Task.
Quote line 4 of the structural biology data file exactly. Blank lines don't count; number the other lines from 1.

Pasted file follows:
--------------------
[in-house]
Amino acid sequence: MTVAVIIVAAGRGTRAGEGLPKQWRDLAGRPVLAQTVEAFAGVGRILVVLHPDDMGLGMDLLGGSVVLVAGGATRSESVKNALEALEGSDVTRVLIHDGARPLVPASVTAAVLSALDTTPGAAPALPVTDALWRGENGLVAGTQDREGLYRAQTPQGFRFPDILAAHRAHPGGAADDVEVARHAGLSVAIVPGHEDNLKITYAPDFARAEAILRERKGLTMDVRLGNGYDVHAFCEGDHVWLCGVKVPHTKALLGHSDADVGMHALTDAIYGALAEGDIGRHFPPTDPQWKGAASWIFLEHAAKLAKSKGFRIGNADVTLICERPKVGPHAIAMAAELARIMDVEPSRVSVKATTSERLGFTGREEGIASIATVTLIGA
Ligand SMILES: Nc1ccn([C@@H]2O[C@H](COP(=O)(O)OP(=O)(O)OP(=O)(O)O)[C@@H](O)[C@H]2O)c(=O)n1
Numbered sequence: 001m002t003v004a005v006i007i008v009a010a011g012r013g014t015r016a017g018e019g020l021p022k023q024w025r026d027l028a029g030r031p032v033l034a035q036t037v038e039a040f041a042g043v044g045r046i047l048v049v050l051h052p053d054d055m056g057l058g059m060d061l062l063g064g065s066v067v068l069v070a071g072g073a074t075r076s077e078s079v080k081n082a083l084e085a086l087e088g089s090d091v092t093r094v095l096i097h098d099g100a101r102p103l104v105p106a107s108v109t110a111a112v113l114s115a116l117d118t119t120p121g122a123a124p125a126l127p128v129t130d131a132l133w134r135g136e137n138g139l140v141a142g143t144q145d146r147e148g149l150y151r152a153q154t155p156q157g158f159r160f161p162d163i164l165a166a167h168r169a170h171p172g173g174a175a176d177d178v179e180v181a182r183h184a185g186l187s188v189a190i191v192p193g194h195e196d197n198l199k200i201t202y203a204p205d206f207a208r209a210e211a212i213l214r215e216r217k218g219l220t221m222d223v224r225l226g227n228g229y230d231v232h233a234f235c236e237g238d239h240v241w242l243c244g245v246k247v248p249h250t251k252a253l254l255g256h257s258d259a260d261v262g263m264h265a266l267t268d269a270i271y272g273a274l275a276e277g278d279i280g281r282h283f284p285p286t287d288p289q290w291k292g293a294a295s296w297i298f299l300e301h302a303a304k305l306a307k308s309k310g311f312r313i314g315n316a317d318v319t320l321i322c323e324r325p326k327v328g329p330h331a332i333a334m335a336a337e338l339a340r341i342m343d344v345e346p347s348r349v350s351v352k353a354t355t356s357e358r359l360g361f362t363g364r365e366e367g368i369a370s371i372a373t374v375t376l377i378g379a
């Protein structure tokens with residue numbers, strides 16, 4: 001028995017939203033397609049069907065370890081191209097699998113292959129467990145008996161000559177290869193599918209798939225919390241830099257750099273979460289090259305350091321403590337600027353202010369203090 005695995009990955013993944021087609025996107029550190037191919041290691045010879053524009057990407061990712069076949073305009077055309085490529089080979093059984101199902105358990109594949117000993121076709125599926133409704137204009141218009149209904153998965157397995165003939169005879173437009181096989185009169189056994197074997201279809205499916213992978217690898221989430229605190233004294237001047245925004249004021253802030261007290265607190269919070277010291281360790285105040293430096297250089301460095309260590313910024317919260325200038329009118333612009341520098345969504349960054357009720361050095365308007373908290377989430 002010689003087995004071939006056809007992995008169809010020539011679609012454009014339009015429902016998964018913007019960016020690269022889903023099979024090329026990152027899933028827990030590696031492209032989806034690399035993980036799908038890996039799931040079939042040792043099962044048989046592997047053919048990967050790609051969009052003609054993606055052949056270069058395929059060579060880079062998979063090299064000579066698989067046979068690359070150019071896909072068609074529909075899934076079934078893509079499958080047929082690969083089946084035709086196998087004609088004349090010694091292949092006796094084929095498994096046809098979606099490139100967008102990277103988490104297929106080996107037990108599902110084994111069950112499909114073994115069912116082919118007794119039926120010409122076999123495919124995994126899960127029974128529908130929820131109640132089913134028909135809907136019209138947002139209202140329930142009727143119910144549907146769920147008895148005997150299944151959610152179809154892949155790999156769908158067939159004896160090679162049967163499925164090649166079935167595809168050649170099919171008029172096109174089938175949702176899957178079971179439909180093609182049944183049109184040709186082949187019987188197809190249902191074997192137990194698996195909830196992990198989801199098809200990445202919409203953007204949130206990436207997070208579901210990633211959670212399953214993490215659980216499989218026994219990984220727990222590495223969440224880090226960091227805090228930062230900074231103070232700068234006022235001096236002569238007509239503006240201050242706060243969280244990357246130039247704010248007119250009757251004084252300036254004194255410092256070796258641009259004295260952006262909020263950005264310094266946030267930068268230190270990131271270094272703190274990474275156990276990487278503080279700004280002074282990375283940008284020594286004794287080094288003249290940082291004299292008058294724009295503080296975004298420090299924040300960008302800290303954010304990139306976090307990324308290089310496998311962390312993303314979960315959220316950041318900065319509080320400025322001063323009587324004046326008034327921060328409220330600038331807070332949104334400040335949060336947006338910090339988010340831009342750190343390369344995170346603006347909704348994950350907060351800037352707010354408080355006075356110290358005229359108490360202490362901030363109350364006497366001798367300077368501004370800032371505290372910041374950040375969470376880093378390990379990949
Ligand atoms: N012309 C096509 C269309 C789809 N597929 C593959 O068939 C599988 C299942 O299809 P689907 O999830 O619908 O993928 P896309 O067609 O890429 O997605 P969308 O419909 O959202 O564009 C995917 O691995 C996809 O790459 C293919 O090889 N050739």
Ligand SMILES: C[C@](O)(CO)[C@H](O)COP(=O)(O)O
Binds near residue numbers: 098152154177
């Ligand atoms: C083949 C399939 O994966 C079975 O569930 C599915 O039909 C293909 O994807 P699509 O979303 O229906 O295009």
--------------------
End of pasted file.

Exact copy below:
Numbered sequence: 001m002t003v004a005v006i007i008v009a010a011g012r013g014t015r016a017g018e019g020l021p022k023q024w025r026d027l028a029g030r031p032v033l034a035q036t037v038e039a040f041a042g043v044g045r046i047l048v049v050l051h052p053d054d055m056g057l058g059m060d061l062l063g064g065s066v067v068l069v070a071g072g073a074t075r076s077e078s079v080k081n082a083l084e085a086l087e088g089s090d091v092t093r094v095l096i097h098d099g100a101r102p103l104v105p106a107s108v109t110a111a112v113l114s115a116l117d118t119t120p121g122a123a124p125a126l127p128v129t130d131a132l133w134r135g136e137n138g139l140v141a142g143t144q145d146r147e148g149l150y151r152a153q154t155p156q157g158f159r160f161p162d163i164l165a166a167h168r169a170h171p172g173g174a175a176d177d178v179e180v181a182r183h184a185g186l187s188v189a190i191v192p193g194h195e196d197n198l199k200i201t202y203a204p205d206f207a208r209a210e211a212i213l214r215e216r217k218g219l220t221m222d223v224r225l226g227n228g229y230d231v232h233a234f235c236e237g238d239h240v241w242l243c244g245v246k247v248p249h250t251k252a253l254l255g256h257s258d259a260d261v262g263m264h265a266l267t268d269a270i271y272g273a274l275a276e277g278d279i280g281r282h283f284p285p286t287d288p289q290w291k292g293a294a295s296w297i298f299l300e301h302a303a304k305l306a307k308s309k310g311f312r313i314g315n316a317d318v319t320l321i322c323e324r325p326k327v328g329p330h331a332i333a334m335a336a337e338l339a340r341i342m343d344v345e346p347s348r349v350s351v352k353a354t355t356s357e358r359l360g361f362t363g364r365e366e367g368i369a370s371i372a373t374v375t376l377i378g379a